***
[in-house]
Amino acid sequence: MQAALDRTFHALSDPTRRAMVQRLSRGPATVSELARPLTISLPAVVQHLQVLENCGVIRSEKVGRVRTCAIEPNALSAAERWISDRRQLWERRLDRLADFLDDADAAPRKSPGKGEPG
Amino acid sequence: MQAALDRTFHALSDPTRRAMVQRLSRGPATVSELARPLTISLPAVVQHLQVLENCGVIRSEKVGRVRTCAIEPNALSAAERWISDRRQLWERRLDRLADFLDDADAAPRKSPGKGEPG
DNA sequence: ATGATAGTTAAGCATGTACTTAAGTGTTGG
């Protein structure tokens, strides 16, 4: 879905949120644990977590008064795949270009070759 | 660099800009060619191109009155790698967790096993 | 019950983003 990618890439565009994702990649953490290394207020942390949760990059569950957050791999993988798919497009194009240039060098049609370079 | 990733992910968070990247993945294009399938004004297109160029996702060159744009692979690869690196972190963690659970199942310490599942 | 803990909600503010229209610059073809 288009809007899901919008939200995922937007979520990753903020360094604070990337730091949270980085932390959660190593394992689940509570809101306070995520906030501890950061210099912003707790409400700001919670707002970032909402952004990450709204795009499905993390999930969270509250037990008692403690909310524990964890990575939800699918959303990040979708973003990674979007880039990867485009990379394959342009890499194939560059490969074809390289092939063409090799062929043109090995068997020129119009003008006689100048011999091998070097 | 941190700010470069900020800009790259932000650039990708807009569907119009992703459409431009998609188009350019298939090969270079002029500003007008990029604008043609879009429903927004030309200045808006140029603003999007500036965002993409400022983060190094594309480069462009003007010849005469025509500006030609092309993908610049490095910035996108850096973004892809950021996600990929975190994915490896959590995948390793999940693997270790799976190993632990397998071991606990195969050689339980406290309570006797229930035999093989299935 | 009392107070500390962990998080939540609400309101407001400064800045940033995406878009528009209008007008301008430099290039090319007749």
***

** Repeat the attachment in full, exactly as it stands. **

[in-house]
Amino acid sequence: MQAALDRTFHALSDPTRRAMVQRLSRGPATVSELARPLTISLPAVVQHLQVLENCGVIRSEKVGRVRTCAIEPNALSAAERWISDRRQLWERRLDRLADFLDDADAAPRKSPGKGEPG
Amino acid sequence: MQAALDRTFHALSDPTRRAMVQRLSRGPATVSELARPLTISLPAVVQHLQVLENCGVIRSEKVGRVRTCAIEPNALSAAERWISDRRQLWERRLDRLADFLDDADAAPRKSPGKGEPG
DNA sequence: ATGATAGTTAAGCATGTACTTAAGTGTTGG
């Protein structure tokens, strides 16, 4: 879905949120644990977590008064795949270009070759 | 660099800009060619191109009155790698967790096993 | 019950983003 990618890439565009994702990649953490290394207020942390949760990059569950957050791999993988798919497009194009240039060098049609370079 | 990733992910968070990247993945294009399938004004297109160029996702060159744009692979690869690196972190963690659970199942310490599942 | 803990909600503010229209610059073809 288009809007899901919008939200995922937007979520990753903020360094604070990337730091949270980085932390959660190593394992689940509570809101306070995520906030501890950061210099912003707790409400700001919670707002970032909402952004990450709204795009499905993390999930969270509250037990008692403690909310524990964890990575939800699918959303990040979708973003990674979007880039990867485009990379394959342009890499194939560059490969074809390289092939063409090799062929043109090995068997020129119009003008006689100048011999091998070097 | 941190700010470069900020800009790259932000650039990708807009569907119009992703459409431009998609188009350019298939090969270079002029500003007008990029604008043609879009429903927004030309200045808006140029603003999007500036965002993409400022983060190094594309480069462009003007010849005469025509500006030609092309993908610049490095910035996108850096973004892809950021996600990929975190994915490896959590995948390793999940693997270790799976190993632990397998071991606990195969050689339980406290309570006797229930035999093989299935 | 009392107070500390962990998080939540609400309101407001400064800045940033995406878009528009209008007008301008430099290039090319007749």